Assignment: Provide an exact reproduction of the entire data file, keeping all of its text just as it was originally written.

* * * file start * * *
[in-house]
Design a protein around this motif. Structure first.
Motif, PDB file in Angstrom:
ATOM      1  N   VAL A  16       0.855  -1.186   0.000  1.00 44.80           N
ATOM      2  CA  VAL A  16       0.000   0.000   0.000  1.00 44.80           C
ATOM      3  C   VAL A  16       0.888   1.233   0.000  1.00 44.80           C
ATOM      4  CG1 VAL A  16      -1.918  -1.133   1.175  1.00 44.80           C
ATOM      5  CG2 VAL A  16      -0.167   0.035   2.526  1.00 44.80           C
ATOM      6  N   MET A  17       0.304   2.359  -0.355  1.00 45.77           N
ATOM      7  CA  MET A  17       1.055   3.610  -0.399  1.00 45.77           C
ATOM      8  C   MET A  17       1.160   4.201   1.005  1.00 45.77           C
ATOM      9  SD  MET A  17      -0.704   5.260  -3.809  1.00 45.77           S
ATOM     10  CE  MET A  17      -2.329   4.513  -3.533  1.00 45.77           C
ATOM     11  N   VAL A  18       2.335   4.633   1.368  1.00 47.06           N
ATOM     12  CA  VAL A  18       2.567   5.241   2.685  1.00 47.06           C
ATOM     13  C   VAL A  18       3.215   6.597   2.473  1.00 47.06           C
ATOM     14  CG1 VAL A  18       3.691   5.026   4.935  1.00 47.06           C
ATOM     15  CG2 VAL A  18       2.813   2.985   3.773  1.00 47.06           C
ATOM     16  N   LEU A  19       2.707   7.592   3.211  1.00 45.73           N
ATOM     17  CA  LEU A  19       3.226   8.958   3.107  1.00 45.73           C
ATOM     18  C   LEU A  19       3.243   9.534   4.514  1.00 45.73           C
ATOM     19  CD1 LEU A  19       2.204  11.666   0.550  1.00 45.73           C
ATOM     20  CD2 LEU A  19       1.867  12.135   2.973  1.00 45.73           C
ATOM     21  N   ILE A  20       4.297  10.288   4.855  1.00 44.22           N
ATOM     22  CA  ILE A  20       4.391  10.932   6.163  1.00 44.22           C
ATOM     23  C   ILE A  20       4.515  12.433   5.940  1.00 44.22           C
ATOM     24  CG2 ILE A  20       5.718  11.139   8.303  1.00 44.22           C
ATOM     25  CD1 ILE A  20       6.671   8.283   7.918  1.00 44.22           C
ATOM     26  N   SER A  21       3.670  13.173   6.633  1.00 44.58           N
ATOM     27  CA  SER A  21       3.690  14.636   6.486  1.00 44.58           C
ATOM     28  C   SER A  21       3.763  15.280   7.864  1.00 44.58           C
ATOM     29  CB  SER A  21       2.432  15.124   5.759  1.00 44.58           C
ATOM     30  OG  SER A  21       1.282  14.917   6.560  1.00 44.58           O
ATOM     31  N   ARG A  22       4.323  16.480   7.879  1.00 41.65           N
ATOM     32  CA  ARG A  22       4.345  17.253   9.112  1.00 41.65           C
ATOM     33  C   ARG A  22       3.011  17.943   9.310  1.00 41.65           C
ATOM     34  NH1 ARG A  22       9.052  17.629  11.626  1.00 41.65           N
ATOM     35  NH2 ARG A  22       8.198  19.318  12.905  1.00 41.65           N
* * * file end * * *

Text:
[in-house]
Design a protein around this motif. Structure first.
Motif, PDB file in Angstrom:
ATOM      1  N   VAL A  16       0.855  -1.186   0.000  1.00 44.80           N
ATOM      2  CA  VAL A  16       0.000   0.000   0.000  1.00 44.80           C
ATOM      3  C   VAL A  16       0.888   1.233   0.000  1.00 44.80           C
ATOM      4  CG1 VAL A  16      -1.918  -1.133   1.175  1.00 44.80           C
ATOM      5  CG2 VAL A  16      -0.167   0.035   2.526  1.00 44.80           C
ATOM      6  N   MET A  17       0.304   2.359  -0.355  1.00 45.77           N
ATOM      7  CA  MET A  17       1.055   3.610  -0.399  1.00 45.77           C
ATOM      8  C   MET A  17       1.160   4.201   1.005  1.00 45.77           C
ATOM      9  SD  MET A  17      -0.704   5.260  -3.809  1.00 45.77           S
ATOM     10  CE  MET A  17      -2.329   4.513  -3.533  1.00 45.77           C
ATOM     11  N   VAL A  18       2.335   4.633   1.368  1.00 47.06           N
ATOM     12  CA  VAL A  18       2.567   5.241   2.685  1.00 47.06           C
ATOM     13  C   VAL A  18       3.215   6.597   2.473  1.00 47.06           C
ATOM     14  CG1 VAL A  18       3.691   5.026   4.935  1.00 47.06           C
ATOM     15  CG2 VAL A  18       2.813   2.985   3.773  1.00 47.06           C
ATOM     16  N   LEU A  19       2.707   7.592   3.211  1.00 45.73           N
ATOM     17  CA  LEU A  19       3.226   8.958   3.107  1.00 45.73           C
ATOM     18  C   LEU A  19       3.243   9.534   4.514  1.00 45.73           C
ATOM     19  CD1 LEU A  19       2.204  11.666   0.550  1.00 45.73           C
ATOM     20  CD2 LEU A  19       1.867  12.135   2.973  1.00 45.73           C
ATOM     21  N   ILE A  20       4.297  10.288   4.855  1.00 44.22           N
ATOM     22  CA  ILE A  20       4.391  10.932   6.163  1.00 44.22           C
ATOM     23  C   ILE A  20       4.515  12.433   5.940  1.00 44.22           C
ATOM     24  CG2 ILE A  20       5.718  11.139   8.303  1.00 44.22           C
ATOM     25  CD1 ILE A  20       6.671   8.283   7.918  1.00 44.22           C
ATOM     26  N   SER A  21       3.670  13.173   6.633  1.00 44.58           N
ATOM     27  CA  SER A  21       3.690  14.636   6.486  1.00 44.58           C
ATOM     28  C   SER A  21       3.763  15.280   7.864  1.00 44.58           C
ATOM     29  CB  SER A  21       2.432  15.124   5.759  1.00 44.58           C
ATOM     30  OG  SER A  21       1.282  14.917   6.560  1.00 44.58           O
ATOM     31  N   ARG A  22       4.323  16.480   7.879  1.00 41.65           N
ATOM     32  CA  ARG A  22       4.345  17.253   9.112  1.00 41.65           C
ATOM     33  C   ARG A  22       3.011  17.943   9.310  1.00 41.65           C
ATOM     34  NH1 ARG A  22       9.052  17.629  11.626  1.00 41.65           N
ATOM     35  NH2 ARG A  22       8.198  19.318  12.905  1.00 41.65           N